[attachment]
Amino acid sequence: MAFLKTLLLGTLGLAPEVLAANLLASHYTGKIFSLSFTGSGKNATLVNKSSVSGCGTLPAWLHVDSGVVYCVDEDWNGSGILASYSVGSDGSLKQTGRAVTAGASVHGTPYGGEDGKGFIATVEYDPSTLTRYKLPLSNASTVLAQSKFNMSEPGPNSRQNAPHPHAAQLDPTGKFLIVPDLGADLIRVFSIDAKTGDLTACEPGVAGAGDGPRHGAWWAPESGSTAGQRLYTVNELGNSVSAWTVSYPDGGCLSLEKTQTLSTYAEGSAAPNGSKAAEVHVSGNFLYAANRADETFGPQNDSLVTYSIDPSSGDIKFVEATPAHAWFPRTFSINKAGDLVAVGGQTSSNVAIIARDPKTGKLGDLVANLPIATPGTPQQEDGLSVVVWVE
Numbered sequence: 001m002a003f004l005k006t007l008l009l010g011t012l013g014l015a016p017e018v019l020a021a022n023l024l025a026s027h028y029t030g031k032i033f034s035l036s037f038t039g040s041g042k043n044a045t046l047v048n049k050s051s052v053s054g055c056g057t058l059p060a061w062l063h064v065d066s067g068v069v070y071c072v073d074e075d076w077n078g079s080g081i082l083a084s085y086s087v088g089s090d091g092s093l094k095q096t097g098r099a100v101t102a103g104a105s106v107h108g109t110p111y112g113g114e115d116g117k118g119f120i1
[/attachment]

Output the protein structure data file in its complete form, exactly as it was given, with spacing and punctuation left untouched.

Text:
Amino acid sequence: MAFLKTLLLGTLGLAPEVLAANLLASHYTGKIFSLSFTGSGKNATLVNKSSVSGCGTLPAWLHVDSGVVYCVDEDWNGSGILASYSVGSDGSLKQTGRAVTAGASVHGTPYGGEDGKGFIATVEYDPSTLTRYKLPLSNASTVLAQSKFNMSEPGPNSRQNAPHPHAAQLDPTGKFLIVPDLGADLIRVFSIDAKTGDLTACEPGVAGAGDGPRHGAWWAPESGSTAGQRLYTVNELGNSVSAWTVSYPDGGCLSLEKTQTLSTYAEGSAAPNGSKAAEVHVSGNFLYAANRADETFGPQNDSLVTYSIDPSSGDIKFVEATPAHAWFPRTFSINKAGDLVAVGGQTSSNVAIIARDPKTGKLGDLVANLPIATPGTPQQEDGLSVVVWVE
Numbered sequence: 001m002a003f004l005k006t007l008l009l010g011t012l013g014l015a016p017e018v019l020a021a022n023l024l025a026s027h028y029t030g031k032i033f034s035l036s037f038t039g040s041g042k043n044a045t046l047v048n049k050s051s052v053s054g055c056g057t058l059p060a061w062l063h064v065d066s067g068v069v070y071c072v073d074e075d076w077n078g079s080g081i082l083a084s085y086s087v088g089s090d091g092s093l094k095q096t097g098r099a100v101t102a103g104a105s106v107h108g109t110p111y112g113g114e115d116g117k118g119f120i1